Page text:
Effects of Plastic Pollution on Humans
Plastic pollution affects human health as well. They mainly enter the human body from the plastics used for food packaging, the water they drink and consuming the animals that already ingested plastics or microplastics. Biological magnification caused by this is seriously threatening to several sensitive species. Look at the following side effects plastic pollution might cause to humans.
- There is a change in the intestinal microbiomes of several organisms due to the ingestion of plastics or microplastics. Humans are no different.
- Messing up the functioning of the endocrine system. Some of them imitate oestrogen, some of them destroy the thyroid hormones
- Affects steroid biosynthesis and hence spermatogenesis.
- It causes DNA damage to the spermatozoa and this reduces the sperm viability.
- Some plastic pollutants cause dermatitis.
- Damage to the immune as well as reproductive systems of women.
Plastic Pollution in Recent Times
There has been a rise in the demand for protective equipment as well as packaging materials in recent times due to the pandemic. All these masks and medical wastes mostly end up being dumped into water bodies and accumulate in the ocean. There have been reports suggesting that plastic manufacturing companies are taking advantage of the health crisis and the need for disposable masks and packaging material to promote the usage of previously banned or controlled production of single use plastic products.
A novel disease called Plasticosis, which is exclusively caused by plastics, was found in seabirds in 2023. The disease-afflicted birds have damaged their digestive systems as a result of consuming plastic garbage. It has been discovered that little fragments of plastic that birds eat cause intestinal inflammation. The ongoing inflammation impairs growth, digestion, and survival over time by leaving tissues damaged and deformed.
Steps for Prevention of Plastic Pollution
Prevention is better than cure. Let us apply the same principle to the case of water pollution as well. Here some methods to prevent plastic pollution are provided.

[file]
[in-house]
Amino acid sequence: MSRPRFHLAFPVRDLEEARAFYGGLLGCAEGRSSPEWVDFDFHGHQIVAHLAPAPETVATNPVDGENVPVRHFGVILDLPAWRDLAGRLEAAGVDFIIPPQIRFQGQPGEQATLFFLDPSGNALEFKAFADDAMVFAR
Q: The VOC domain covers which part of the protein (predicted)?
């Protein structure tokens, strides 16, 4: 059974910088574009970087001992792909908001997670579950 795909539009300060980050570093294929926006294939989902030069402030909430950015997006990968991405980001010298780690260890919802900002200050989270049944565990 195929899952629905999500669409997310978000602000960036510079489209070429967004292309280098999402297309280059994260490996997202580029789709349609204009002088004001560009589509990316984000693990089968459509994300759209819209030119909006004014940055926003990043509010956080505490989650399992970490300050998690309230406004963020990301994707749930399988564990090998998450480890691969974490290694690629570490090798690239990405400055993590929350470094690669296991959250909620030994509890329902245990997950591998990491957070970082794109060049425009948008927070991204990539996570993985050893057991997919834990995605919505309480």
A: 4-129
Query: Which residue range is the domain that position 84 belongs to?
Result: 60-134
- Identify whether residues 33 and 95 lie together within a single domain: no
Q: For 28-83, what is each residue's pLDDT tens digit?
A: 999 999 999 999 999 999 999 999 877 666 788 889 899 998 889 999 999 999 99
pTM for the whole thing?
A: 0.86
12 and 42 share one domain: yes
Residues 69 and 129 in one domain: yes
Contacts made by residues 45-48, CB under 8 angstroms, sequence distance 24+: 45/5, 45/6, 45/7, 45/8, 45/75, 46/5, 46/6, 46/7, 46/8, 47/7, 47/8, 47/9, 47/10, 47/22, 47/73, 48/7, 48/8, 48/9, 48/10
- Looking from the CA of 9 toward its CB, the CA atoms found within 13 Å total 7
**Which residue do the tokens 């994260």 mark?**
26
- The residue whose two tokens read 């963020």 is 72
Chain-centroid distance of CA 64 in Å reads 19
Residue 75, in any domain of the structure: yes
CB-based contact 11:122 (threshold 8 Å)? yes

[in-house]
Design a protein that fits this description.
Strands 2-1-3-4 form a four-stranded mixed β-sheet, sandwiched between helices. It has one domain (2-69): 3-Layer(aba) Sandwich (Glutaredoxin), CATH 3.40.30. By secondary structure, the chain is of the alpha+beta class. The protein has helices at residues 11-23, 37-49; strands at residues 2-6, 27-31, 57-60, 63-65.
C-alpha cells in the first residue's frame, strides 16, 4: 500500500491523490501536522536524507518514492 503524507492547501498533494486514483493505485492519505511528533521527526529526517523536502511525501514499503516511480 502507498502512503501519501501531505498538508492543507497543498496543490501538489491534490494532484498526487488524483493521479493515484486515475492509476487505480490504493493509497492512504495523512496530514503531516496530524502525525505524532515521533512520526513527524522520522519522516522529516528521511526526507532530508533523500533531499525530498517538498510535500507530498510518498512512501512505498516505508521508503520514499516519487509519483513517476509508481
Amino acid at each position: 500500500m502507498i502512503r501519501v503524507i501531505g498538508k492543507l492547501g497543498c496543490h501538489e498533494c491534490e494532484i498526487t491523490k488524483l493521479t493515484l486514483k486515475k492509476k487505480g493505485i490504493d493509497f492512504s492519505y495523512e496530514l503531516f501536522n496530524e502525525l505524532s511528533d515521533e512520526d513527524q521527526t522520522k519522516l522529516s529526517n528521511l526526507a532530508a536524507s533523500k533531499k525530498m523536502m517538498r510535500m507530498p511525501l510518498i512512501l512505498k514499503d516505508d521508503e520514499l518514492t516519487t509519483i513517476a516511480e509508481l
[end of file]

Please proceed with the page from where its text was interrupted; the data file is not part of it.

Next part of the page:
- Reduce the use of virgin plastic.
- Avoid disposable plastic items as much as possible.
- Take your cloth shopping bag while shopping.
- Don’t buy bottled water unless necessary. Take a durable bottle and fill it with a water filter.
- Avoid cosmetics with microbeads. Use natural exfoliants.
- Cook more at home to avoid take-out containers.
- Buy the things in bulk so that there will be less packaging material wastage.
- Make strategies that are internationally coordinated to manage the waste products globally.
- Use degradable bags instead of plastic bags in markets.
- Discourage the use of plastic bags by charging the plastic bags in markets or by taxing them.
- Promote a ban on single-use plastics.
- Increase recycling of plastic wastes.
- Encourage research and production of biodegradable plastics.
- Discourage the practice of incineration and landfilling of plastic wastes.
- Encourage reusable packaging, zero-waste stores and refill shops.
Conventions for Plastic Waste Management
The Basel Convention was amended in May 2019 to control the import and export of plastic trash. The main goal of this regulation is to stop the transfer of plastic garbage from developed to developing nations. This agreement has been ratified by almost all nations. To eradicate plastic pollution, 175 nations committed on March 2, 2022, in Nairobi, to draft a legally binding agreement by the end of 2024.
There have been serious efforts to reduce plastic pollution in certain parts of the world by reducing its consumption, active and efficient litter cleaning methods and promoting recycling.
Plastic Pollution FAQs
- What makes plastic pollution such a problem?
- In addition to causing climate change and endangering the health of people and animals, plastic pollution also affects the safety and quality of food and water.
- How is global warming caused by plastic?
- Since single-use plastic is comprised of fossil fuels, the production of single-use plastic produces a significant amount of greenhouse emissions. This, in turn, causes global warming.